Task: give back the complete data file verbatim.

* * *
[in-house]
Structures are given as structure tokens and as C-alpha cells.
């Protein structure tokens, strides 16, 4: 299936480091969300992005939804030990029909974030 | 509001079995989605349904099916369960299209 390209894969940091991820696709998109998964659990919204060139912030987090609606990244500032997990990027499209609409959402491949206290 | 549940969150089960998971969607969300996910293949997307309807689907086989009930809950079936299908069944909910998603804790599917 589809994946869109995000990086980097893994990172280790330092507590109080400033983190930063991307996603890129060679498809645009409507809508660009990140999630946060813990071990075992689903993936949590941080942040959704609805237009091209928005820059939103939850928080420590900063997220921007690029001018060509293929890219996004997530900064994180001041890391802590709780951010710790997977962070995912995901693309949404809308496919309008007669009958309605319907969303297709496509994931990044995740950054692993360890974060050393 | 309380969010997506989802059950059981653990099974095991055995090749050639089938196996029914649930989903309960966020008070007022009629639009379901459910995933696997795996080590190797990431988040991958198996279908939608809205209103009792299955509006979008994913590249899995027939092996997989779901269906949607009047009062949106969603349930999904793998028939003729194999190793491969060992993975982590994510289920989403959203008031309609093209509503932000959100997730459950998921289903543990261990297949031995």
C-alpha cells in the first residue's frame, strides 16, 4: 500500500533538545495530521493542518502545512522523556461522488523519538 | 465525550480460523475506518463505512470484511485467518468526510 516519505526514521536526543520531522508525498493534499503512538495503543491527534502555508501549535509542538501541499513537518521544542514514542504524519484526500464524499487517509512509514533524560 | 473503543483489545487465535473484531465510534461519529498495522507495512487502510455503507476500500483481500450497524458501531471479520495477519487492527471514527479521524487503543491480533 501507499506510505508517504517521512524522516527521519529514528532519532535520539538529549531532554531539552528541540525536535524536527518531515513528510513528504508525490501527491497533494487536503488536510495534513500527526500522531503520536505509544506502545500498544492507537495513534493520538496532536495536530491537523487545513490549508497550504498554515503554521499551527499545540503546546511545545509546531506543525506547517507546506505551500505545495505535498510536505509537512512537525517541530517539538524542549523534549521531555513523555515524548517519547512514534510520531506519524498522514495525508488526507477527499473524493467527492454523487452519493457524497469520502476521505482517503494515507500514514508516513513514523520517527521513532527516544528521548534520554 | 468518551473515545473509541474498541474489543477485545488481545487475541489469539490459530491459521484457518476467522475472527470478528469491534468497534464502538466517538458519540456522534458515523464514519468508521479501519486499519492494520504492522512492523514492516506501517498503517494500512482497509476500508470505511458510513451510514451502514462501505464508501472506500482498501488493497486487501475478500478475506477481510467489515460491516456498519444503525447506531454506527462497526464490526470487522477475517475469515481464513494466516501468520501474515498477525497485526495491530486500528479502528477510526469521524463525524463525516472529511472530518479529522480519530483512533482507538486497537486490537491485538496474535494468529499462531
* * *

[in-house]
Structures are given as structure tokens and as C-alpha cells.
């Protein structure tokens, strides 16, 4: 299936480091969300992005939804030990029909974030 | 509001079995989605349904099916369960299209 390209894969940091991820696709998109998964659990919204060139912030987090609606990244500032997990990027499209609409959402491949206290 | 549940969150089960998971969607969300996910293949997307309807689907086989009930809950079936299908069944909910998603804790599917 589809994946869109995000990086980097893994990172280790330092507590109080400033983190930063991307996603890129060679498809645009409507809508660009990140999630946060813990071990075992689903993936949590941080942040959704609805237009091209928005820059939103939850928080420590900063997220921007690029001018060509293929890219996004997530900064994180001041890391802590709780951010710790997977962070995912995901693309949404809308496919309008007669009958309605319907969303297709496509994931990044995740950054692993360890974060050393 | 309380969010997506989802059950059981653990099974095991055995090749050639089938196996029914649930989903309960966020008070007022009629639009379901459910995933696997795996080590190797990431988040991958198996279908939608809205209103009792299955509006979008994913590249899995027939092996997989779901269906949607009047009062949106969603349930999904793998028939003729194999190793491969060992993975982590994510289920989403959203008031309609093209509503932000959100997730459950998921289903543990261990297949031995």
C-alpha cells in the first residue's frame, strides 16, 4: 500500500533538545495530521493542518502545512522523556461522488523519538 | 465525550480460523475506518463505512470484511485467518468526510 516519505526514521536526543520531522508525498493534499503512538495503543491527534502555508501549535509542538501541499513537518521544542514514542504524519484526500464524499487517509512509514533524560 | 473503543483489545487465535473484531465510534461519529498495522507495512487502510455503507476500500483481500450497524458501531471479520495477519487492527471514527479521524487503543491480533 501507499506510505508517504517521512524522516527521519529514528532519532535520539538529549531532554531539552528541540525536535524536527518531515513528510513528504508525490501527491497533494487536503488536510495534513500527526500522531503520536505509544506502545500498544492507537495513534493520538496532536495536530491537523487545513490549508497550504498554515503554521499551527499545540503546546511545545509546531506543525506547517507546506505551500505545495505535498510536505509537512512537525517541530517539538524542549523534549521531555513523555515524548517519547512514534510520531506519524498522514495525508488526507477527499473524493467527492454523487452519493457524497469520502476521505482517503494515507500514514508516513513514523520517527521513532527516544528521548534520554 | 468518551473515545473509541474498541474489543477485545488481545487475541489469539490459530491459521484457518476467522475472527470478528469491534468497534464502538466517538458519540456522534458515523464514519468508521479501519486499519492494520504492522512492523514492516506501517498503517494500512482497509476500508470505511458510513451510514451502514462501505464508501472506500482498501488493497486487501475478500478475506477481510467489515460491516456498519444503525447506531454506527462497526464490526470487522477475517475469515481464513494466516501468520501474515498477525497485526495491530486500528479502528477510526469521524463525524463525516472529511472530518479529522480519530483512533482507538486497537486490537491485538496474535494468529499462531